Which leads us to our texts for today. Both of these texts are instances in which God’s presences is revealed, and serve as a reminder not only the power of God but what we do after we encounter the divine. Recognizing that as the people encountered the divine within their lives, they had the choice to make, to change their ways to reflect this truth that they have found, or go forward with a nice memory but no changes. 

The text out of 1 Kings can be titled, battle of the Gods and along with much of Elijah’s story could be made into an epic movie. In this section of the text everything is set up in favor of Baal, yet the Lord our God prevails. Baal had 450 prophets in his court, the challenge was well suited for a God of Thunder and Storm, the prophets had all day to make something happen, and Elijah put himself in even more of a disadvantage by soaking the sacrifice and filling a trench full of water. Yet, the Lord our God prevailed and reminded the people of Israel who they should be following and worshiping.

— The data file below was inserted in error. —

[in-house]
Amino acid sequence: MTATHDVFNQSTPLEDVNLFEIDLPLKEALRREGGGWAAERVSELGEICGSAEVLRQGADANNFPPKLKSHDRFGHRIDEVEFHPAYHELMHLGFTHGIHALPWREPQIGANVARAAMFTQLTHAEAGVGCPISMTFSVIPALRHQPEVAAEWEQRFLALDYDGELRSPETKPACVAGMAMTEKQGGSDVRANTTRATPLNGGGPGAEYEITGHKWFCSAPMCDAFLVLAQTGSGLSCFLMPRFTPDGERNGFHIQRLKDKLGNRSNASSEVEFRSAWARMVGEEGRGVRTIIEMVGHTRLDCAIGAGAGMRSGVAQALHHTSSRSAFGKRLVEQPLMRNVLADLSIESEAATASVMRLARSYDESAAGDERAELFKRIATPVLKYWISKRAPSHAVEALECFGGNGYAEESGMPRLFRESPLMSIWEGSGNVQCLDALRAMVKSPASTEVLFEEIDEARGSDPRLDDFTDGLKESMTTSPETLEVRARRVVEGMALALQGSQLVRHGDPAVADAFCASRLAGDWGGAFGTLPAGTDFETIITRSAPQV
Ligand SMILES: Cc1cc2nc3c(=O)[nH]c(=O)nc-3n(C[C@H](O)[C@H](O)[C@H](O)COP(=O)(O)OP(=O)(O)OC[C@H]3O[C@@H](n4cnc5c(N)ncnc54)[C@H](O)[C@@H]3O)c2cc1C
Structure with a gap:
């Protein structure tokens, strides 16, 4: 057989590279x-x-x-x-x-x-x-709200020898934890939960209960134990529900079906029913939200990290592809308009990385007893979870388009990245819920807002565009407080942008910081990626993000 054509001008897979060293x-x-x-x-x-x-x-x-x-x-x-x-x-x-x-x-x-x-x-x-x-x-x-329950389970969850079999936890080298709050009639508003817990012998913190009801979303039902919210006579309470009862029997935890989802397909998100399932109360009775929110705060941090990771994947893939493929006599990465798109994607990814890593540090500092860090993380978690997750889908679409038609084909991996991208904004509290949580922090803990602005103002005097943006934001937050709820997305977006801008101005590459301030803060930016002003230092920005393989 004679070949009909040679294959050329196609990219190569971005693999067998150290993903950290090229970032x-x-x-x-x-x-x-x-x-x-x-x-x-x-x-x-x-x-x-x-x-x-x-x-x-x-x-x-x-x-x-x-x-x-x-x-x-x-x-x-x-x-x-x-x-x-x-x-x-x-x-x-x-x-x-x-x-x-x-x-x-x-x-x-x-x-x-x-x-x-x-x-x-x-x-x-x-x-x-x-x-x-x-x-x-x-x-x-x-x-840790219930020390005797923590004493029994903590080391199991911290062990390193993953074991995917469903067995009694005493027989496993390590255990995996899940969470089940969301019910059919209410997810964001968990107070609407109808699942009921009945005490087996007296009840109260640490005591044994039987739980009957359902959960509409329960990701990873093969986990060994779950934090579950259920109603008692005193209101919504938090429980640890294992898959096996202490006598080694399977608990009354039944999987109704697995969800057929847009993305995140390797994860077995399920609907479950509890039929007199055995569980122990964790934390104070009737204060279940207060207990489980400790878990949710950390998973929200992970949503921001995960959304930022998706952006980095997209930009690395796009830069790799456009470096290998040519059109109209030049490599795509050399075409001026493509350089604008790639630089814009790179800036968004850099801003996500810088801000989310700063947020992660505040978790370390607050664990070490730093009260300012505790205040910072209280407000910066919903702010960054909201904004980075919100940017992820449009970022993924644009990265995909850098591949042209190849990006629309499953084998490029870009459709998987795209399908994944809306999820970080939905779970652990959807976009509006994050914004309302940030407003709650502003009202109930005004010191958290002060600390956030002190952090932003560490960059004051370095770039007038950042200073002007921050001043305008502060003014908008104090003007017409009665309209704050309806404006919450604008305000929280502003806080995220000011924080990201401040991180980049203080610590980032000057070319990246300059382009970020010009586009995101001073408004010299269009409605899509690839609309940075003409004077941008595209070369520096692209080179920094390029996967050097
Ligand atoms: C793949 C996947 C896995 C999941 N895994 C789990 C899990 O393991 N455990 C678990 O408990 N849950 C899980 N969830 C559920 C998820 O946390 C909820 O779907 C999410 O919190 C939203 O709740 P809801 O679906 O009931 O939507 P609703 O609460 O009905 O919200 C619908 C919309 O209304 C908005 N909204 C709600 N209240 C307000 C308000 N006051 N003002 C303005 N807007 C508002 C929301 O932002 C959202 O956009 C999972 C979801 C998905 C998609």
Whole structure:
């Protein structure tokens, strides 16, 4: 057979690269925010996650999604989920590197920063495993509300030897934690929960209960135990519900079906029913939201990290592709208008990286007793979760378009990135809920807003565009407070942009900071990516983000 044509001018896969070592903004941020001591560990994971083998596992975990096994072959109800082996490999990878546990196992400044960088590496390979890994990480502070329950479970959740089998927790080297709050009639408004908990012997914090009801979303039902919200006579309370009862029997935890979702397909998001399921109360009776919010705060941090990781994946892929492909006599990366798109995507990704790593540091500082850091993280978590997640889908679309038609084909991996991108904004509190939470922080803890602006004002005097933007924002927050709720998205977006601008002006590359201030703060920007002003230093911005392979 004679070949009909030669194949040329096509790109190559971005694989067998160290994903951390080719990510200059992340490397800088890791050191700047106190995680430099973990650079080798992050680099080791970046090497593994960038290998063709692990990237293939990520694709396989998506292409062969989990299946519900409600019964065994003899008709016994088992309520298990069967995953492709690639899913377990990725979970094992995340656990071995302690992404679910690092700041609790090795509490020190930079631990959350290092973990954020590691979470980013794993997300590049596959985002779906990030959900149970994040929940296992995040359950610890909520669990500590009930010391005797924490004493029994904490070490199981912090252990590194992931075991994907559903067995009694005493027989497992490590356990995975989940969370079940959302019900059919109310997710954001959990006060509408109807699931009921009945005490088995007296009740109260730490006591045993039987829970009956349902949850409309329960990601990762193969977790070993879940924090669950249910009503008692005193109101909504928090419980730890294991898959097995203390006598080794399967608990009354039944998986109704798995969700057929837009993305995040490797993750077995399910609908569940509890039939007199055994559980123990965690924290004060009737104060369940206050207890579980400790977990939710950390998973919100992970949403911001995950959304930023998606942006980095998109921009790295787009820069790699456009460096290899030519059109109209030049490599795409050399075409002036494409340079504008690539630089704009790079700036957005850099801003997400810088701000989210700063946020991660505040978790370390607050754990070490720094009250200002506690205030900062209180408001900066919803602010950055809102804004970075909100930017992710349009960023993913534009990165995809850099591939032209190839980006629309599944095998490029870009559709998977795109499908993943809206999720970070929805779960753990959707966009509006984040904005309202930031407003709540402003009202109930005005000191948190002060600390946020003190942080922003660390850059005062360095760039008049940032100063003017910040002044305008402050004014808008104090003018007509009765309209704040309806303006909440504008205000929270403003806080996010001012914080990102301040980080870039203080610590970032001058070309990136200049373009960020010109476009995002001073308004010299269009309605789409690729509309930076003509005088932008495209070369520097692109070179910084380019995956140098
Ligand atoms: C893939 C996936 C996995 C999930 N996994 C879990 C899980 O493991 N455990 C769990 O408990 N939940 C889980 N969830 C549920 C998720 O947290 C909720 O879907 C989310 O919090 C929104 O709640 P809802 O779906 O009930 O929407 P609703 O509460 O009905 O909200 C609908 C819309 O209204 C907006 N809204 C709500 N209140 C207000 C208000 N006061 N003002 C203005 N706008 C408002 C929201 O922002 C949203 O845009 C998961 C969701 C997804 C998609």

The prophets of Baal went as far as cutting themselves with swords and lances to seek to curry favor with Baal, to no avail. The people had a choice. To follow a foreign God whose followers are encouraged to harm themselves in acts of worship, to gain favor. Or to follow the God that brought the people up out of Egypt, out of slavery, declared that they should not be slaves any more if they will worship the Lord our God only. The God that provided for the people in the wilderness, and gave them the promised land. And has now done what Baal could not, even with all the added disadvantages. God prevailed. It was time for the people to make a choice.